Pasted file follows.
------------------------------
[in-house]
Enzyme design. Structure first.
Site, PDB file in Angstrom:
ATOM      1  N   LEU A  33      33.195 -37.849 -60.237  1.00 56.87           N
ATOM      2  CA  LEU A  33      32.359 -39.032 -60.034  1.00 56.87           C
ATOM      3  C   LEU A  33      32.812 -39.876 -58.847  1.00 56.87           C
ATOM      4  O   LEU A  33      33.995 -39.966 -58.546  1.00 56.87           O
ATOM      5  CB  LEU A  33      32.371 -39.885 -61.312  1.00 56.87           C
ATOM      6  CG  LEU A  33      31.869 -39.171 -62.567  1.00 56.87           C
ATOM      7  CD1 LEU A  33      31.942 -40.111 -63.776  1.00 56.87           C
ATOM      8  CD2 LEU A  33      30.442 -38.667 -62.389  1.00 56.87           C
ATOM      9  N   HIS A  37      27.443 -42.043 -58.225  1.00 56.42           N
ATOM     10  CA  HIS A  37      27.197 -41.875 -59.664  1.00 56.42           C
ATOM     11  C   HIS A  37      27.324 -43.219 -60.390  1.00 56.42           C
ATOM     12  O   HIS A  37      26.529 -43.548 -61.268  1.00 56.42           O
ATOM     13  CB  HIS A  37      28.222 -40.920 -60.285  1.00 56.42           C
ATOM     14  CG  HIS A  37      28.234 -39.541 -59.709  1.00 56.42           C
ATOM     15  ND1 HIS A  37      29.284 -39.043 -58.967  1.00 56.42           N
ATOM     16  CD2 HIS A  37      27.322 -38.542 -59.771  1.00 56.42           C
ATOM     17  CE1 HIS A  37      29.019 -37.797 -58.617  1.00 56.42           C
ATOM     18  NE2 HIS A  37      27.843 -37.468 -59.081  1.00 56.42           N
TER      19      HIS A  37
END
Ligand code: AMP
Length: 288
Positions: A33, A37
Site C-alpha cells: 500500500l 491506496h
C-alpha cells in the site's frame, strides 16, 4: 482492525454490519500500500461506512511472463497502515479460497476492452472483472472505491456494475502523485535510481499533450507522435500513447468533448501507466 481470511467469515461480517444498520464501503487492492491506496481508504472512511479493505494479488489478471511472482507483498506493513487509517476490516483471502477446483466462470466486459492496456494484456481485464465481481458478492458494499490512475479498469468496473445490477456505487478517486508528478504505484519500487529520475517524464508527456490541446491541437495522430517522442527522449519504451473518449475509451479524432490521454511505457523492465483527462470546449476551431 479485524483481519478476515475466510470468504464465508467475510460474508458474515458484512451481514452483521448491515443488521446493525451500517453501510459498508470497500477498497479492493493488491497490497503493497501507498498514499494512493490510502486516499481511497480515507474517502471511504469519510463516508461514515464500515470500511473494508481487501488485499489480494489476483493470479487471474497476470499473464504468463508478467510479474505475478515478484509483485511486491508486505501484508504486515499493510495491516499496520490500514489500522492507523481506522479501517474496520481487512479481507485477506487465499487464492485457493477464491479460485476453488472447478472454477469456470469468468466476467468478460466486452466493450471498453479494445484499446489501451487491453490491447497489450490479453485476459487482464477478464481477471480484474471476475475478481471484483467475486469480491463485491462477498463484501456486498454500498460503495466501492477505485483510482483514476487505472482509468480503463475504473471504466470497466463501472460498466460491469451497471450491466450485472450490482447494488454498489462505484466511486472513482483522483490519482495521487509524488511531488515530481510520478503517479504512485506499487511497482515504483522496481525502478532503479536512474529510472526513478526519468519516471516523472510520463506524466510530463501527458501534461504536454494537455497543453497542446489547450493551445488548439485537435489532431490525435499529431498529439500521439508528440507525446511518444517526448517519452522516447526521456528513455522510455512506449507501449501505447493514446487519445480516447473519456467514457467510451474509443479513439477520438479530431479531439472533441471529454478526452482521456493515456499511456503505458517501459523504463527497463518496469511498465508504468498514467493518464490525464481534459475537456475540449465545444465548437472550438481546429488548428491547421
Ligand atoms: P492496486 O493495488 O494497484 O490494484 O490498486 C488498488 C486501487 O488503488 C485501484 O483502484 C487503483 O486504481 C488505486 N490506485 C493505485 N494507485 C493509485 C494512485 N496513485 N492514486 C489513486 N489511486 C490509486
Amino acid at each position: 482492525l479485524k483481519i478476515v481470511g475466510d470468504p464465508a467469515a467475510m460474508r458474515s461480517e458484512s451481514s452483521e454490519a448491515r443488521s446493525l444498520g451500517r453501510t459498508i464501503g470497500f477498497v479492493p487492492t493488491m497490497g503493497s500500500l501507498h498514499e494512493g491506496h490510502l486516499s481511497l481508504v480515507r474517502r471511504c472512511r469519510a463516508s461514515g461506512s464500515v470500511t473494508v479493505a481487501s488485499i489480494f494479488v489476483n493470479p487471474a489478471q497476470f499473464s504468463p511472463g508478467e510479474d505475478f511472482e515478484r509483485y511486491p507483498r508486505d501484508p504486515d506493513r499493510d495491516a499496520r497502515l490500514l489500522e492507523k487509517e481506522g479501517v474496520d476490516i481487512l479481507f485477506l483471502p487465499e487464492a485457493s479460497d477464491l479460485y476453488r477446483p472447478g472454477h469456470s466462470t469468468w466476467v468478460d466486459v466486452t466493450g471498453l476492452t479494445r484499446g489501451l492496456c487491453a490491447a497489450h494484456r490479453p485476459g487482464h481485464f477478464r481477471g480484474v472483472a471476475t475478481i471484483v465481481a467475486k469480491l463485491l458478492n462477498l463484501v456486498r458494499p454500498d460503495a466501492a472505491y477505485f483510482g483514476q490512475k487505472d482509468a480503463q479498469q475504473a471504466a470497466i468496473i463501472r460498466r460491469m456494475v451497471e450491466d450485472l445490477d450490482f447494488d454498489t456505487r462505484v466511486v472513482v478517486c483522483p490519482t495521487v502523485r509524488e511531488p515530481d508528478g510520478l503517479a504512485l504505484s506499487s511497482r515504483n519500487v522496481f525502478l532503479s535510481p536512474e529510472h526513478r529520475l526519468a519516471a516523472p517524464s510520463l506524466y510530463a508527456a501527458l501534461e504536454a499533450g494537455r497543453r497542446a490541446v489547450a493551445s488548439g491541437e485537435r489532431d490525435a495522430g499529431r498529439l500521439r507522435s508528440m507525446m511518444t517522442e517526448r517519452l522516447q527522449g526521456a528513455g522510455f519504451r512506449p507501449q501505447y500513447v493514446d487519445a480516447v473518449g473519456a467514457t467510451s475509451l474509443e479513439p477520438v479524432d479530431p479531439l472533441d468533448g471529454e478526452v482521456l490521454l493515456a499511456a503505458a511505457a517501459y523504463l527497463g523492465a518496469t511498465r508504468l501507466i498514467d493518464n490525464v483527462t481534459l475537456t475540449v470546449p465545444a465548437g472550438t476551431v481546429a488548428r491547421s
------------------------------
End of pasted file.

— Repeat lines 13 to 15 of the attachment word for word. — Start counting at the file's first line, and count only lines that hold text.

ATOM     10  CA  HIS A  37      27.197 -41.875 -59.664  1.00 56.42           C
ATOM     11  C   HIS A  37      27.324 -43.219 -60.390  1.00 56.42           C
ATOM     12  O   HIS A  37      26.529 -43.548 -61.268  1.00 56.42           O